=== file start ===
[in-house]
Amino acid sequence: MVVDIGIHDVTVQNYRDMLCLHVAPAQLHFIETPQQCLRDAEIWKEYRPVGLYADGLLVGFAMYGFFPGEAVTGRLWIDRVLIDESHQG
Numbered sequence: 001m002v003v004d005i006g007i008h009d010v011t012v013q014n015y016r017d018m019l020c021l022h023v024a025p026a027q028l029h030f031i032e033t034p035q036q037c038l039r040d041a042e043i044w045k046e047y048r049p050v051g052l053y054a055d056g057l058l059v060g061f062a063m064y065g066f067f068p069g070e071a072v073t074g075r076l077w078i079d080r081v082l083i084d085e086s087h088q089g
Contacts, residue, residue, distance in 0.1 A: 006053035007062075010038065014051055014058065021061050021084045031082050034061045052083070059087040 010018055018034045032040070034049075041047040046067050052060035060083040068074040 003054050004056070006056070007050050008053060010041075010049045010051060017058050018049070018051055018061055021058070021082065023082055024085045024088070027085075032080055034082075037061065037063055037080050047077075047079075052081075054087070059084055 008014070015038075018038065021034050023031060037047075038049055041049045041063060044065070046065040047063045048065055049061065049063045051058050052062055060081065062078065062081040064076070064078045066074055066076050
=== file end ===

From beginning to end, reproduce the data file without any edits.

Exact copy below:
[in-house]
Amino acid sequence: MVVDIGIHDVTVQNYRDMLCLHVAPAQLHFIETPQQCLRDAEIWKEYRPVGLYADGLLVGFAMYGFFPGEAVTGRLWIDRVLIDESHQG
Numbered sequence: 001m002v003v004d005i006g007i008h009d010v011t012v013q014n015y016r017d018m019l020c021l022h023v024a025p026a027q028l029h030f031i032e033t034p035q036q037c038l039r040d041a042e043i044w045k046e047y048r049p050v051g052l053y054a055d056g057l058l059v060g061f062a063m064y065g066f067f068p069g070e071a072v073t074g075r076l077w078i079d080r081v082l083i084d085e086s087h088q089g
Contacts, residue, residue, distance in 0.1 A: 006053035007062075010038065014051055014058065021061050021084045031082050034061045052083070059087040 010018055018034045032040070034049075041047040046067050052060035060083040068074040 003054050004056070006056070007050050008053060010041075010049045010051060017058050018049070018051055018061055021058070021082065023082055024085045024088070027085075032080055034082075037061065037063055037080050047077075047079075052081075054087070059084055 008014070015038075018038065021034050023031060037047075038049055041049045041063060044065070046065040047063045048065055049061065049063045051058050052062055060081065062078065062081040064076070064078045066074055066076050